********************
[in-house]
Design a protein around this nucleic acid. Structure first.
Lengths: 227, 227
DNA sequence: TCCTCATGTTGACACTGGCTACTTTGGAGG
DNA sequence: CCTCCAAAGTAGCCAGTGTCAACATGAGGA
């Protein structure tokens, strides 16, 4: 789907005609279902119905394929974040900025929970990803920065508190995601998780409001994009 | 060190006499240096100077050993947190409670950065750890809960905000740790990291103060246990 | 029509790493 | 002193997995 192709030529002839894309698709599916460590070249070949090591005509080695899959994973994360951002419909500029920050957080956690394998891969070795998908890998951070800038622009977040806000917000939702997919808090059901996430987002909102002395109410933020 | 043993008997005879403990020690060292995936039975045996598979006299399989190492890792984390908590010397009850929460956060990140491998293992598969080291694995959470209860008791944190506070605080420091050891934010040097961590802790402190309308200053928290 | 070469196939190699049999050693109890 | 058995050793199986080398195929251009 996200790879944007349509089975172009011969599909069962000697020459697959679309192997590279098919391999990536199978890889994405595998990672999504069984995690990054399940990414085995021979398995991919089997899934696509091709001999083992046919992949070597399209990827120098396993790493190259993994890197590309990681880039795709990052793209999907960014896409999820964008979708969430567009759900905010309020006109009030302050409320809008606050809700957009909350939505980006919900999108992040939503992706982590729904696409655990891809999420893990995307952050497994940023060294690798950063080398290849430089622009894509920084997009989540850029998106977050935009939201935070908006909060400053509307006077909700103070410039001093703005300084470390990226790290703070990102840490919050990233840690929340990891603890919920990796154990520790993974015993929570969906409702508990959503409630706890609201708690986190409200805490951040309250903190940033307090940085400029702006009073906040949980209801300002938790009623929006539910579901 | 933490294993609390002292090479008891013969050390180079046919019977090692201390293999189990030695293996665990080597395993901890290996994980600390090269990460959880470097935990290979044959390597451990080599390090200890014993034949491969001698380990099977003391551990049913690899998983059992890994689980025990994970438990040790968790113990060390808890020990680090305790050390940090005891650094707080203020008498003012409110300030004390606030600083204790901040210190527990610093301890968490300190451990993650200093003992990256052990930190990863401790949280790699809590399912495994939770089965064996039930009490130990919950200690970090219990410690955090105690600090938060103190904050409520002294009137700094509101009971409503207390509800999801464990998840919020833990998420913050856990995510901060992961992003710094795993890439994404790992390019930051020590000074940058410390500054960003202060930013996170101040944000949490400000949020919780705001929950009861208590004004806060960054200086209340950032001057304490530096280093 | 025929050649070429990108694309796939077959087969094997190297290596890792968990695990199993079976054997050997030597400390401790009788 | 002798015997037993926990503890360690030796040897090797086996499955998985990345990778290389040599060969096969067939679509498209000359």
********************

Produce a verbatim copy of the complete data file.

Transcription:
[in-house]
Design a protein around this nucleic acid. Structure first.
Lengths: 227, 227
DNA sequence: TCCTCATGTTGACACTGGCTACTTTGGAGG
DNA sequence: CCTCCAAAGTAGCCAGTGTCAACATGAGGA
């Protein structure tokens, strides 16, 4: 789907005609279902119905394929974040900025929970990803920065508190995601998780409001994009 | 060190006499240096100077050993947190409670950065750890809960905000740790990291103060246990 | 029509790493 | 002193997995 192709030529002839894309698709599916460590070249070949090591005509080695899959994973994360951002419909500029920050957080956690394998891969070795998908890998951070800038622009977040806000917000939702997919808090059901996430987002909102002395109410933020 | 043993008997005879403990020690060292995936039975045996598979006299399989190492890792984390908590010397009850929460956060990140491998293992598969080291694995959470209860008791944190506070605080420091050891934010040097961590802790402190309308200053928290 | 070469196939190699049999050693109890 | 058995050793199986080398195929251009 996200790879944007349509089975172009011969599909069962000697020459697959679309192997590279098919391999990536199978890889994405595998990672999504069984995690990054399940990414085995021979398995991919089997899934696509091709001999083992046919992949070597399209990827120098396993790493190259993994890197590309990681880039795709990052793209999907960014896409999820964008979708969430567009759900905010309020006109009030302050409320809008606050809700957009909350939505980006919900999108992040939503992706982590729904696409655990891809999420893990995307952050497994940023060294690798950063080398290849430089622009894509920084997009989540850029998106977050935009939201935070908006909060400053509307006077909700103070410039001093703005300084470390990226790290703070990102840490919050990233840690929340990891603890919920990796154990520790993974015993929570969906409702508990959503409630706890609201708690986190409200805490951040309250903190940033307090940085400029702006009073906040949980209801300002938790009623929006539910579901 | 933490294993609390002292090479008891013969050390180079046919019977090692201390293999189990030695293996665990080597395993901890290996994980600390090269990460959880470097935990290979044959390597451990080599390090200890014993034949491969001698380990099977003391551990049913690899998983059992890994689980025990994970438990040790968790113990060390808890020990680090305790050390940090005891650094707080203020008498003012409110300030004390606030600083204790901040210190527990610093301890968490300190451990993650200093003992990256052990930190990863401790949280790699809590399912495994939770089965064996039930009490130990919950200690970090219990410690955090105690600090938060103190904050409520002294009137700094509101009971409503207390509800999801464990998840919020833990998420913050856990995510901060992961992003710094795993890439994404790992390019930051020590000074940058410390500054960003202060930013996170101040944000949490400000949020919780705001929950009861208590004004806060960054200086209340950032001057304490530096280093 | 025929050649070429990108694309796939077959087969094997190297290596890792968990695990199993079976054997050997030597400390401790009788 | 002798015997037993926990503890360690030796040897090797086996499955998985990345990778290389040599060969096969067939679509498209000359």